By comparison with the excipient grain size distribution (lactose – yellow discs on the figure 1), the analysis of the grain size distributions of the blends shows that the last mode is associated with the lactose grain particles. The first two modes belong to the API’s subpopulations. Note that the increase of the area under the last mode is not astonishing; the excipient volume fraction being reinforced as follows: ABL 20-2-5 < ABL 20-2-10 < ACL 20-2-20 < ABL 20-2-30.
Figure 2 shows the dynamical tap test density measurement (GranuPaQ) of the pharmaceutical blends. The ABL-20-2-30 formulation presents the weakest tap density variation of the series. Its apparent density is the higher. The ABL-20-2-5 blend shows the largest variation. Its initial density is the lowest and the packing/compressing kinetic (N1/2 = 15.0) is the slowest (see the application notes Dynamic Tap Density Tester as a useful tool for analyzing pharmaceutical powders for explanations of N1/2). Contrary to the curves of the samples ABL-20-2-30 and ABL-20-2-10 which have a linear appearance (non cohesive behaviour), the curves of the samples ABL-20-2-5 and ACL-20-2-20 are sigmoid (cohesive behaviour) specifying a particulate reorganization preliminary to compressing.
Figure 2: Dynamical tap test measurement for pharmaceutical blends – GranuPaQ – APTIS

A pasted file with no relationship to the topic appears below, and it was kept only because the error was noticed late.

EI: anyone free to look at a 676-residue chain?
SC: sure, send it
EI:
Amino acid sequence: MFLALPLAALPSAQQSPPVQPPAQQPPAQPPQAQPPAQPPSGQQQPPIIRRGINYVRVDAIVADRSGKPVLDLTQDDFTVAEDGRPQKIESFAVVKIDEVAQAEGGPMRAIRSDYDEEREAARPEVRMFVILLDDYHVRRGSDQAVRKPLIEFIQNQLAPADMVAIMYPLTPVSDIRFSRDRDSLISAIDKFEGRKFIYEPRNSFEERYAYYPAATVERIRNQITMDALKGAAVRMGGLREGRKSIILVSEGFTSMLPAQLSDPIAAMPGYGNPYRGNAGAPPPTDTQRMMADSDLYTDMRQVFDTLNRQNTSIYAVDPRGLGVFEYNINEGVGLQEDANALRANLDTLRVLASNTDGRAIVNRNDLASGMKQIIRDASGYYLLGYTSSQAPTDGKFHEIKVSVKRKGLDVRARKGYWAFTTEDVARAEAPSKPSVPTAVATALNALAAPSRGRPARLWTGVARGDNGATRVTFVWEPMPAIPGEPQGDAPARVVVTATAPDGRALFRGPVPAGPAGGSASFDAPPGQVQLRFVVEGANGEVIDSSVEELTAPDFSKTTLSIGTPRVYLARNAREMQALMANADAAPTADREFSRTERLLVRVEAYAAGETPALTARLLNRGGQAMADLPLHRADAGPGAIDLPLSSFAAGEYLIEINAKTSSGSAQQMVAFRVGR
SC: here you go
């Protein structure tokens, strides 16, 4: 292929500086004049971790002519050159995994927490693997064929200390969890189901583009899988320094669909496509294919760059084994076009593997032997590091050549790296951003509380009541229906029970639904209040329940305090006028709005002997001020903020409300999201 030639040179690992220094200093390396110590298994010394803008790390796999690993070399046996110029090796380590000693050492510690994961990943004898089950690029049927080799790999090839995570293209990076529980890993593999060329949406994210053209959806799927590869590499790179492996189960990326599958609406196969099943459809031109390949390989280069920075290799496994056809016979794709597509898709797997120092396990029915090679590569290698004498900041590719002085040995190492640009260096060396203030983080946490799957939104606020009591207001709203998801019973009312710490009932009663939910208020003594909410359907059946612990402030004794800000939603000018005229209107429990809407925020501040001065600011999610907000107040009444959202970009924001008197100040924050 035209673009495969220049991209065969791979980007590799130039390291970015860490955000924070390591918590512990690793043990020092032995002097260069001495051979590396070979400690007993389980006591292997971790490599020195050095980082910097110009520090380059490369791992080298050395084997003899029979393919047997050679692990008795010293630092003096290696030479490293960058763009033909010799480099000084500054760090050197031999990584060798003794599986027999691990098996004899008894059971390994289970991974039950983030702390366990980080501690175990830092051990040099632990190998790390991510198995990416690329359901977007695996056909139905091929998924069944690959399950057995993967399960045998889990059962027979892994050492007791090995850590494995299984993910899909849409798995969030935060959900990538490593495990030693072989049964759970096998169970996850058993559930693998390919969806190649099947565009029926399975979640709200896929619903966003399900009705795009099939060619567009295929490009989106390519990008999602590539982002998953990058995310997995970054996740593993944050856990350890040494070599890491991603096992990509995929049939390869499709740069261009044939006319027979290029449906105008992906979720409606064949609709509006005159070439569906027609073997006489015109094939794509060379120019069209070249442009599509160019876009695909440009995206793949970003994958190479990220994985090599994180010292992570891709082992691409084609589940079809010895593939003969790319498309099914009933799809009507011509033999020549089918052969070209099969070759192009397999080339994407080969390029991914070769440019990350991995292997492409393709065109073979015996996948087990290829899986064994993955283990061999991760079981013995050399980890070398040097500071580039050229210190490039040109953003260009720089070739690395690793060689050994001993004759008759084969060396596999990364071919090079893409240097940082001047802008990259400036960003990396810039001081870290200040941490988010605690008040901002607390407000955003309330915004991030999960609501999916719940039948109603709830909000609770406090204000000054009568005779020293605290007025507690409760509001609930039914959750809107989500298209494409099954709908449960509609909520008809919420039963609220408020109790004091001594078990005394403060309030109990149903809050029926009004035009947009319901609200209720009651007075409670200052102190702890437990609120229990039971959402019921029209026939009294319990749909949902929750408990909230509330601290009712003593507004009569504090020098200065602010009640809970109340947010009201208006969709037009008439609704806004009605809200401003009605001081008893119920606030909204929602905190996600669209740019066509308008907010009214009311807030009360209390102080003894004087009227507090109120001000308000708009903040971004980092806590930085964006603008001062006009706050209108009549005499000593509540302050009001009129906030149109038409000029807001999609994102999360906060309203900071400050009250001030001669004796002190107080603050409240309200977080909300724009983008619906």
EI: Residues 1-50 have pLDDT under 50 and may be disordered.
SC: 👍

The analyses of the rheological dry powder measurement results obtained from GranuDruM (see cohesive indexes curves on figure 3) show that ABL-20-2-10 and ABL-20-2-30 blends are more robust than ABL-20-2-5 and ACL-20-2-20. Cohesive indexes measurements highlight a disparity in the behavior of the go and back curves for the ABL-20-2-5 and ACL-20-2-20 blends. Indeed, at lowest speeds, the back flow angles are weaker than the go one’s. These observations are to be related to the presence of caked balls shaped during the measurement process. These balls limit the friction and agglomerates contact number and reduce the cohesion of the granular system. The hystereses quantification of the cohesive indexes measurement gives information on the ability of the blends to preserve its flow properties in a reversible way. The classification of the powder flow robusness is obtained from the Table 2 (best results on the right): ABL-20-2-5 < ACL-20-2-20 < ABL-20-2-10 < ABL-20-2-30.
Figure 3: Flow robustness measurement of pharmaceutical blends for dry powder inhalers (DPI)
Table 2: Flow robustness measurement of pharmaceutical blends for dry powder inhalers
The measurements done on the formulations show that ABL-20-2-10 and ABL-20-2-30 blends show the best flow properties. The formulation ABL-20-2-5 shows the poorest performances for capsules filling. The ACL-20-2-20 formulation is between these two extremes.
The characterization of the rheological powder properties (flow, ventilation, compressing) offers multiple advantages. It ensures a better quality control of the batches, and this, at the various stages of their production. It avoids to spend money or useless losses of time: the optimization of the new formulations is done immediately during their development in laboratory. In the case of DPI applications, correlation between rheological properties and FPF can be done.